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Governor of Puerto Rico Calling Special Bond Bill Session

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Governor Alejandro Garcia Padilla of Puerto Rico has plans to call lawmakers back to work regarding a borrowing bill that would help finances of the Government Development Bank.

As a result of this measure, junk-related commonwealth’s petroleum tax would increase from $9.25 per barrel to $15.50. Issuing up to $2.9 billion of debt backed by additional revenue is the Infrastructure Financing Authority, which sells bonds for capital projects. Securities from commonwealth that have traded at low levels for the year have nationwide tax exemption.

The proceeds of the deal would help pay back the $2.3 billion obligations of the Highways & Transportation Authority. Most of these obligations are owed to the Government Development Bank, which handles transactions for the US territory’s capital markets.

The session will be convened by Governor Garcia Padilla in order of legislature to keep working on the bond bill. However, according to an email from Yanira Hernandez, the governor’s spokeswoman, no date has been established at this time.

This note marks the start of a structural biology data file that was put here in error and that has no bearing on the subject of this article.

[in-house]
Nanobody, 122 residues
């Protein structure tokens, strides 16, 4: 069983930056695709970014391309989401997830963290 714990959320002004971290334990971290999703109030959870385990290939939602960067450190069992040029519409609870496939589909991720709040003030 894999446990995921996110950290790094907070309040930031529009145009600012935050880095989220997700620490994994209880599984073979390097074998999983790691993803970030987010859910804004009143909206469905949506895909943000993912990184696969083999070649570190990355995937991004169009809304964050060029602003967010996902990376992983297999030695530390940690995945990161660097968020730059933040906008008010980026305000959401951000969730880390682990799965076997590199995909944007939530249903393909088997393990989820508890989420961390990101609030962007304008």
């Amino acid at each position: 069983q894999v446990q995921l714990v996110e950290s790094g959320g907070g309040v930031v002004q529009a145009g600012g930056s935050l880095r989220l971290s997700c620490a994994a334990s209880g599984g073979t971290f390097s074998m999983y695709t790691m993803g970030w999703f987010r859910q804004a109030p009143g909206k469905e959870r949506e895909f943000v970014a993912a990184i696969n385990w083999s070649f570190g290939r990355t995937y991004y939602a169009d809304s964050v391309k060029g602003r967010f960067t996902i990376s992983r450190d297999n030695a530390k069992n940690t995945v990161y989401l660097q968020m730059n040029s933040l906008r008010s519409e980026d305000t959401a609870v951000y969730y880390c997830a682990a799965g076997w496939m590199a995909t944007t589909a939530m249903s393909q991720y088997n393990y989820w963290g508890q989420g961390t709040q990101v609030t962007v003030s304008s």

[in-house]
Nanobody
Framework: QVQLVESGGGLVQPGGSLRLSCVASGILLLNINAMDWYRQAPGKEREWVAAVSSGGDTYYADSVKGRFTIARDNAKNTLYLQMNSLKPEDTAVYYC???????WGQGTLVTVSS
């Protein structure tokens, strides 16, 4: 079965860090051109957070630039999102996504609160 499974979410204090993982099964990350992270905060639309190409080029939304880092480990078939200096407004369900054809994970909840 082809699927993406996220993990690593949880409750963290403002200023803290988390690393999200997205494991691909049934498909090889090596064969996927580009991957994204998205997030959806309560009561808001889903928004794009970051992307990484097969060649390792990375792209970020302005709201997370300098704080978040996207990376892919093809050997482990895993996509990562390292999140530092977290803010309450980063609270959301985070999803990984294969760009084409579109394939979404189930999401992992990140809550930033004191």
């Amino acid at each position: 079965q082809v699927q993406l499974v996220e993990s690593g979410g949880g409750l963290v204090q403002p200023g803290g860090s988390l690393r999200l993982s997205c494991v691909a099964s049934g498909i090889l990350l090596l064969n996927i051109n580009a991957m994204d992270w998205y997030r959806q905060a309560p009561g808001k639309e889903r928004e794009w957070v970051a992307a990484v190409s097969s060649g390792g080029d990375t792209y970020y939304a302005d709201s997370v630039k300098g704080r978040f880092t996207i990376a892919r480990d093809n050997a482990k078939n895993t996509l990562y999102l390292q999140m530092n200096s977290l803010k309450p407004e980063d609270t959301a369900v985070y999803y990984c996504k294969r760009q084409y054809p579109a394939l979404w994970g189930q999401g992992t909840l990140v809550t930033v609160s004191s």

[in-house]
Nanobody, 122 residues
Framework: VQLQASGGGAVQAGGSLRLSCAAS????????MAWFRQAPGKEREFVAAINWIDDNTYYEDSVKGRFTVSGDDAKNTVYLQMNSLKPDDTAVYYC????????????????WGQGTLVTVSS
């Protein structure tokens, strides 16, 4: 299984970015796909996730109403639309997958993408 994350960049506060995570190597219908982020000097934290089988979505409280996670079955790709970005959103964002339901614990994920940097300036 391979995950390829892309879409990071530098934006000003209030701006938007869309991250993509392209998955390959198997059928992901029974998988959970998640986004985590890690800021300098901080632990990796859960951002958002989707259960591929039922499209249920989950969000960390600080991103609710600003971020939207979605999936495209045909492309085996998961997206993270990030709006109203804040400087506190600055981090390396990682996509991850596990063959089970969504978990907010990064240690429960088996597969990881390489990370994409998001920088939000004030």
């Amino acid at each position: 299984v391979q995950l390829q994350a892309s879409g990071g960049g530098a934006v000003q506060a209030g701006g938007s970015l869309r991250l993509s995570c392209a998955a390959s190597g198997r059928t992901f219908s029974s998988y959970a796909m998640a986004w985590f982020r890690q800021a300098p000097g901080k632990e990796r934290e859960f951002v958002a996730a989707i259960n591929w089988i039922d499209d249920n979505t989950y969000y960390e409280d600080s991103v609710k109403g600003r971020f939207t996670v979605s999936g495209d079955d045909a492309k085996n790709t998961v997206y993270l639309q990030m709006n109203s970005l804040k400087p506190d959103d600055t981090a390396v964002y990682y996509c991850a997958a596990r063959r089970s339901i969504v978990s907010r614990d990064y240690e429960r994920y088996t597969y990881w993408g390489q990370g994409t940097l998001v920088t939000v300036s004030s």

As stated by Maria de Lourdes Martinez, spokeswoman for Senate President Eduardo Bhatia yesterday was the deadline for both chambers to consider new legislation in 2014. The next regular session will not start until January 12.

According to Rafael “Tatito” Hernandez, Assembly Representative, this week the bill was not passed by lawmakers because the majority wanted to add any increase in crude-oil taxes in a broader plan that would cut levies for both personal and corporate incomes. Hernandez who chairs the House Treasure Committee added that most of the legislators are eager to pass the bill with the new tax reform.

Roughly 21% of loans from the bank account for the funds extended by the Government Development Bank to the highway agency, which helps the commonwealth and its localities with cash-flow needs, as well economic development on the island.

As of October 24, the Government Development Bank had approximately $2 billion of net liquidity but without a planned bond sale, the amount of available cash would drop to $819 million by March 31, 2015, this according to the Moody’s Investors Service report.

New York-based spokesman for the Government Development Bank, Dave Miller, did not immediately respond on the plan to email and phone message requests.

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Don Miller

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